When you zoom out a little bit and you look over the course of weeks and months, you see that there will be different price plateaus that happen over time.

When it shoots up, price usually spikes, then the market plateaus shortly after.

That is a really bad graphic on my part — but what I really want you to see in this graphic is that — for each of these different relative price plateaus I will have stopped my bot, and restarted it so that it can function within the new price fluctuation range.

If I anticipate a big swing upward — let’s say it just keeps going up and my bot is stuck, sometimes I will close the bot and then I immediately buy the coin and then I just hold it and I ride that wave, OR — set to a wider spread.

A wider spread works for unexpected dips….. or unexpected bull runs.

But it’s not always the best option.

Let’s say I see Ethereum is going into a whole different range and I’m sitting there watching through the day and it’s like, 2100 2200 2300 — the smartest thing to do there is not to enable the bot, but to just buy the coin hold it and set a limit order.

The reason — a wider spread doesn’t mean the market will dip to invest your more of your balance.

Different types of Bulls

Bullish upward movement is not the same thing as Bullish Volatility.

Bullish Upward Movement = the market is just going up and up and up.

Bullish Volatility = the market is going up, and up, but also, zig zagging up and down as it goes.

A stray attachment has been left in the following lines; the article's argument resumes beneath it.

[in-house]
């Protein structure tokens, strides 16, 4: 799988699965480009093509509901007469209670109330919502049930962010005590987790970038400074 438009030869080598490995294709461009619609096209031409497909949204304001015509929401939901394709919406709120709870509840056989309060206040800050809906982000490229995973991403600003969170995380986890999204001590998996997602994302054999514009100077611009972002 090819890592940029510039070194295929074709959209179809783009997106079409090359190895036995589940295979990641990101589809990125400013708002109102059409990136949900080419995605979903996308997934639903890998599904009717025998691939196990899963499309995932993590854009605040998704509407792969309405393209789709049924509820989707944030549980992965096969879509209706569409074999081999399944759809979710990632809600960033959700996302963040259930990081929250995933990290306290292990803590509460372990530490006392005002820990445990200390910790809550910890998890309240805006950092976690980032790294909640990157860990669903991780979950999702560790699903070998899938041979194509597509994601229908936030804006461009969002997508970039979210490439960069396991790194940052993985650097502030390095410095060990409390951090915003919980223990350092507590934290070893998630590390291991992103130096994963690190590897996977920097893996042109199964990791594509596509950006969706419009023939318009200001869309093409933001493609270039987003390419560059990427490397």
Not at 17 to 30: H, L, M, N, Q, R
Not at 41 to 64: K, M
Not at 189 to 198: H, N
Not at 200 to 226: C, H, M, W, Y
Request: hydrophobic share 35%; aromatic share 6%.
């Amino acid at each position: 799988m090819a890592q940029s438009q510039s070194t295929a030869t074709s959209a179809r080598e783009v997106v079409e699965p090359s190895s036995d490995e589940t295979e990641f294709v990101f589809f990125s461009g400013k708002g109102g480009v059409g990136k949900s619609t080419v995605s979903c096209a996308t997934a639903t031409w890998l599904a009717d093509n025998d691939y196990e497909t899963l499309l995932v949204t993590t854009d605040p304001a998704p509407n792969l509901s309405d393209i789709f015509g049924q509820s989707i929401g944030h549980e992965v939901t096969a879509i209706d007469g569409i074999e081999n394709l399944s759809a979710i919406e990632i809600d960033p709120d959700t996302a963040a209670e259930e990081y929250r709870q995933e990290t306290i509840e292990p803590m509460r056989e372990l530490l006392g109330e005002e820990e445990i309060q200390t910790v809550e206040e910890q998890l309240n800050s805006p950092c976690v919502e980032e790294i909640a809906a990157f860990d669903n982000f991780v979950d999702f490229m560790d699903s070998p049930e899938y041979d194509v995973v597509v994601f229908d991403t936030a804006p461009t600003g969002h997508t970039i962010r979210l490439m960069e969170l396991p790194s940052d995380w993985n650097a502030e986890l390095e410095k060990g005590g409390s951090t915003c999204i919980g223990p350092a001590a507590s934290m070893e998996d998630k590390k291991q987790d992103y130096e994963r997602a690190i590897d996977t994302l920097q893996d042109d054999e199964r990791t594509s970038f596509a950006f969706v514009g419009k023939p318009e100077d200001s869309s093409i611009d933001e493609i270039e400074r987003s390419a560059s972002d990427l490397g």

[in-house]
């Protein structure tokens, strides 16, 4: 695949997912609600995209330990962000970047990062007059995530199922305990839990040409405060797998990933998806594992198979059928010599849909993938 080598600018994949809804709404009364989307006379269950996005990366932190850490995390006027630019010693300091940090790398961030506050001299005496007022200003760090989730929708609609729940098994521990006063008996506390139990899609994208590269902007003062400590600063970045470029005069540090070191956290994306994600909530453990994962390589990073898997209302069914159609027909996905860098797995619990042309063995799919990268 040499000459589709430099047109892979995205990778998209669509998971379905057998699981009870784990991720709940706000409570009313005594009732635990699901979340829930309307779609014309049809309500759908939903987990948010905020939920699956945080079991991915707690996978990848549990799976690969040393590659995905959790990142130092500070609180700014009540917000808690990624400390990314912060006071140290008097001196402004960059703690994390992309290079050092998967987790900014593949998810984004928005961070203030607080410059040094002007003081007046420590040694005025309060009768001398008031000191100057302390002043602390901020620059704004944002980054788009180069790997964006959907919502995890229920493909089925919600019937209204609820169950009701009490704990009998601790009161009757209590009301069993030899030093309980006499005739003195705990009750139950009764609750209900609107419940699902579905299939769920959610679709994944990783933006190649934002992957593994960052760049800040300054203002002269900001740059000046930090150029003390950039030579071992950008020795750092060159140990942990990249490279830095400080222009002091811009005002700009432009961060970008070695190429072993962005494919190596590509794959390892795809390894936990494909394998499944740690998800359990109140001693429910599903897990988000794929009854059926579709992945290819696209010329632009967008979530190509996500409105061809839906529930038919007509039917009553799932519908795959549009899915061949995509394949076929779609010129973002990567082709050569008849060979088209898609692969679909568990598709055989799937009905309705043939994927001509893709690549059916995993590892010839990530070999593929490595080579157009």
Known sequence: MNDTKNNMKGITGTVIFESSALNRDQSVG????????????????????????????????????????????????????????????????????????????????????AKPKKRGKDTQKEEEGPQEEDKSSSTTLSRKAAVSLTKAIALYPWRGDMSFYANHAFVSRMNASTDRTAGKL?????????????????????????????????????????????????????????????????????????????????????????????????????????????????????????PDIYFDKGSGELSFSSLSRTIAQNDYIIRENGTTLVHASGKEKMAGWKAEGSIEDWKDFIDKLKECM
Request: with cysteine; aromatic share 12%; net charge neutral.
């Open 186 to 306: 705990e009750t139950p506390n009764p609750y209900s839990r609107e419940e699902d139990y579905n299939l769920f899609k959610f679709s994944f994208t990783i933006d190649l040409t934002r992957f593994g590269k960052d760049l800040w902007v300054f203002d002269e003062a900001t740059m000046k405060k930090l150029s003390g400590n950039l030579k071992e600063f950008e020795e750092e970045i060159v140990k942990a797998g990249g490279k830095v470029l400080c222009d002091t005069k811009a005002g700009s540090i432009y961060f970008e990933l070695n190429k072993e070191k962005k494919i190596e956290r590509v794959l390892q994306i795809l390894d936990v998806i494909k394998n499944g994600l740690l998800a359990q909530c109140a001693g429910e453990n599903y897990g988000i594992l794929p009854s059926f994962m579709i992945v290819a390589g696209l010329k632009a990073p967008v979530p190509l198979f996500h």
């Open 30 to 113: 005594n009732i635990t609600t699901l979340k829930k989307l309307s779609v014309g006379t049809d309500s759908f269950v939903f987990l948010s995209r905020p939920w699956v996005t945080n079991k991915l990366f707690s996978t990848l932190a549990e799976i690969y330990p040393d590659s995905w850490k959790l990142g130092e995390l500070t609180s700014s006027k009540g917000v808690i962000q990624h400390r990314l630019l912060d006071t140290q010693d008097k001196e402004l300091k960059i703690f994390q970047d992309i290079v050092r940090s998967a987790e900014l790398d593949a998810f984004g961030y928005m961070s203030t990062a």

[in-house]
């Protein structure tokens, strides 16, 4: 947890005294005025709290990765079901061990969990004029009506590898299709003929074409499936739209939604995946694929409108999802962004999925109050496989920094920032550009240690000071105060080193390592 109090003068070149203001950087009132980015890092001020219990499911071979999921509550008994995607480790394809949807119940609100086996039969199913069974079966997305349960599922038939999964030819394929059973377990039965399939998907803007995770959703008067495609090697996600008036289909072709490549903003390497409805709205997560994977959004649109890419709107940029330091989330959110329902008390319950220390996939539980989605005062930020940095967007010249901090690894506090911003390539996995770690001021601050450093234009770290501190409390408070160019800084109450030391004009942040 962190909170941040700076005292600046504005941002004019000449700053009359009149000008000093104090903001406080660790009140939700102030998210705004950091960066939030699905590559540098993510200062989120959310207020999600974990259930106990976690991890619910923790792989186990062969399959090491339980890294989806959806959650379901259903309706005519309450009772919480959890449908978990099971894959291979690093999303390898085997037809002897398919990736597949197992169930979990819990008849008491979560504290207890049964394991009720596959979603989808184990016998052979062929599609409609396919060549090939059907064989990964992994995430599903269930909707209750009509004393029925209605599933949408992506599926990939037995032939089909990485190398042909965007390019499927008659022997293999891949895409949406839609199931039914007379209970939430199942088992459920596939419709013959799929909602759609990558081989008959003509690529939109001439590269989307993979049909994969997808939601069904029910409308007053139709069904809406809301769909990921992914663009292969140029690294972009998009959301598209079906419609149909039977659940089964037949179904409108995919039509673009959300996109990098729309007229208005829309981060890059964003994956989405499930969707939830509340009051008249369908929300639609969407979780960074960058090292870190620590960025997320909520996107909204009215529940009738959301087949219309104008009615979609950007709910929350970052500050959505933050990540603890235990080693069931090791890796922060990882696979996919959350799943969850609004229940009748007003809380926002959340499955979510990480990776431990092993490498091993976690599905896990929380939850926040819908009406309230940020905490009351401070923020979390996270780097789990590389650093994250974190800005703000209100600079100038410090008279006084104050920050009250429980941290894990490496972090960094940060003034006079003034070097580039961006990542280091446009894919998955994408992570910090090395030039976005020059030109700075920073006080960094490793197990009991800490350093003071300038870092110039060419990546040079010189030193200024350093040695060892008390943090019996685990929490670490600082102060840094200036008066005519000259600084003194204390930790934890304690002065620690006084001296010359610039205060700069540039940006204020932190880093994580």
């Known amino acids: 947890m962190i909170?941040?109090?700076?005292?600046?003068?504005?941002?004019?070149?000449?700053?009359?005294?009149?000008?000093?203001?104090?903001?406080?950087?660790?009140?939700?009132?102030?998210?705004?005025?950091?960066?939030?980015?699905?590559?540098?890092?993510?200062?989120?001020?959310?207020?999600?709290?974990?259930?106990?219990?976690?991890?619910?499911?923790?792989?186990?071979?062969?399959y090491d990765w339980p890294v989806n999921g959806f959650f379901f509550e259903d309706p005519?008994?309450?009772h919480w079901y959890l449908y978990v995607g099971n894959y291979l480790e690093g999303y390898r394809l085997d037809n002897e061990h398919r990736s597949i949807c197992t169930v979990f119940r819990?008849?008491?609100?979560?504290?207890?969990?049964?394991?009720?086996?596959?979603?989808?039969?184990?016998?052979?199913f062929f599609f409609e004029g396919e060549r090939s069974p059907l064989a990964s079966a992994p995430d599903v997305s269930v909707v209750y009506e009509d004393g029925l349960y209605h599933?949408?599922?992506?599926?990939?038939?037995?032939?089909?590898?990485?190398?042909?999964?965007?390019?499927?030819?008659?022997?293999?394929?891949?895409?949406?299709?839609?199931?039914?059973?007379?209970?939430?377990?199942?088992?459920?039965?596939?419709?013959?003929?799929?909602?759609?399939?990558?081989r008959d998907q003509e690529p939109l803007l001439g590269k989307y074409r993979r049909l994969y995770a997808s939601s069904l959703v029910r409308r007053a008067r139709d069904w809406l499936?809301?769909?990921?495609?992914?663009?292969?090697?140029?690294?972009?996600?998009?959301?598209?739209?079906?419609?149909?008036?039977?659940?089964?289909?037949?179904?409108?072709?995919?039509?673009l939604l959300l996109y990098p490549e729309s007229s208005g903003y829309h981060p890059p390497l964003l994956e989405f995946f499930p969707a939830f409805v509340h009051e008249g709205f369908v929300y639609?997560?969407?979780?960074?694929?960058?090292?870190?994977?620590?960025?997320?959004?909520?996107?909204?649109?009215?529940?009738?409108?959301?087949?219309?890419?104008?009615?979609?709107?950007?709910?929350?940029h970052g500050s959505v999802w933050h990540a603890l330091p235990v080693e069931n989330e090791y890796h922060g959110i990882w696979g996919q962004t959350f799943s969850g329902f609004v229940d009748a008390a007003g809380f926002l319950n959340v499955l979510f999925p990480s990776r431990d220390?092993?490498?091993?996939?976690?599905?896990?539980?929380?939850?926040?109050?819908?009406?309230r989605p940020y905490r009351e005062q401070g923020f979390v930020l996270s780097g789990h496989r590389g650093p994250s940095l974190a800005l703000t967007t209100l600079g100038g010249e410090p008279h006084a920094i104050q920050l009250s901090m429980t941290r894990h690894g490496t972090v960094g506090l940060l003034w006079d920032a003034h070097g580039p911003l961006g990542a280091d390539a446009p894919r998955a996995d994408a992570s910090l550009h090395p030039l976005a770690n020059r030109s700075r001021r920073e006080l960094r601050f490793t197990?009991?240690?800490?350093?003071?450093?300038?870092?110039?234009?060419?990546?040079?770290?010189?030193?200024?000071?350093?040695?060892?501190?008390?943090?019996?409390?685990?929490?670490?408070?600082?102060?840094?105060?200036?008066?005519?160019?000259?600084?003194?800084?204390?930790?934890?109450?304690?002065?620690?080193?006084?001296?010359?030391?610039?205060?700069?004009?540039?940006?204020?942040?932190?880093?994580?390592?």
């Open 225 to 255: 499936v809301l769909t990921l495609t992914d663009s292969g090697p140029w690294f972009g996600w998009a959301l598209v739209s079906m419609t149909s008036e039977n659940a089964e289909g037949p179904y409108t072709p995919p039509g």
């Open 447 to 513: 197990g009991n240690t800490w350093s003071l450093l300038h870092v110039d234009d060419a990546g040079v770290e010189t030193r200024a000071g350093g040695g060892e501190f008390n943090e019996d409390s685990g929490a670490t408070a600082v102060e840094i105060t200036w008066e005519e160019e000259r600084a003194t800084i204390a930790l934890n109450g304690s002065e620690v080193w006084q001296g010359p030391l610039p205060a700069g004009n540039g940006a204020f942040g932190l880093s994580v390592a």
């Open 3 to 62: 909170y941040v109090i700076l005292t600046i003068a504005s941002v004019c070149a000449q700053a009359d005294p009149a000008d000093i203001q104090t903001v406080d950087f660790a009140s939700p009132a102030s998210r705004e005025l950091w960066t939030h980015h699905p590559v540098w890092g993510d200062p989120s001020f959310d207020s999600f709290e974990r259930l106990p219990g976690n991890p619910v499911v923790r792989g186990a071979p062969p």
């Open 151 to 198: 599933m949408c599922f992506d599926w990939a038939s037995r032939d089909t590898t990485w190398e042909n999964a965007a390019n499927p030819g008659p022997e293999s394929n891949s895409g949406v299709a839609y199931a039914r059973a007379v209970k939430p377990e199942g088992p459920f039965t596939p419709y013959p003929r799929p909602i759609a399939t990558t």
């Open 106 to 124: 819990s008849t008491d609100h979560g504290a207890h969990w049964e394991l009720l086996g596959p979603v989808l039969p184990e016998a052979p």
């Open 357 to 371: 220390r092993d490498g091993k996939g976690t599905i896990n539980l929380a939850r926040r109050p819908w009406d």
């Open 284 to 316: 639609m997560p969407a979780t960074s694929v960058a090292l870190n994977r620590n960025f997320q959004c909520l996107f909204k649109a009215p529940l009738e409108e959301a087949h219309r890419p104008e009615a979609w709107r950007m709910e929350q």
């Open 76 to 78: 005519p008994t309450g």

Volatility is what the bot thrives on.

Less volatility = squeeze the settings to a thinner spread.

More volatility = expand the settings to a wider spread.

Is this starting to make sense now? I hope so.

Let me know in the comments, I’d love to help.

That’s it — that’s the basics of how to adjust these bots for different price fluctuations — you will squeeze or expand the bot settings and then you stop and restart the bot in different price ranges.

One day hopefully I will be able to code a custom bot that automatically does this work for me — dynamically adjust settings based on moving averages.

If if you have found something like that, or have built it — and are willing to share — shoot me a message, I’d love to learn about it.

I hope this helps everyone!

Onward and upward fellas, ladies and gentlemen and everybody in between.

Peace out!

Here is the video version of this blog :

🖥️ My Pionex (USA) referral link : https://www.pionex.us/sign/ref/Nlyjd7Fh referral code = Nlyjd7Fh

Thank you for reading!

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Until next time….

Onward and Upward Everybody!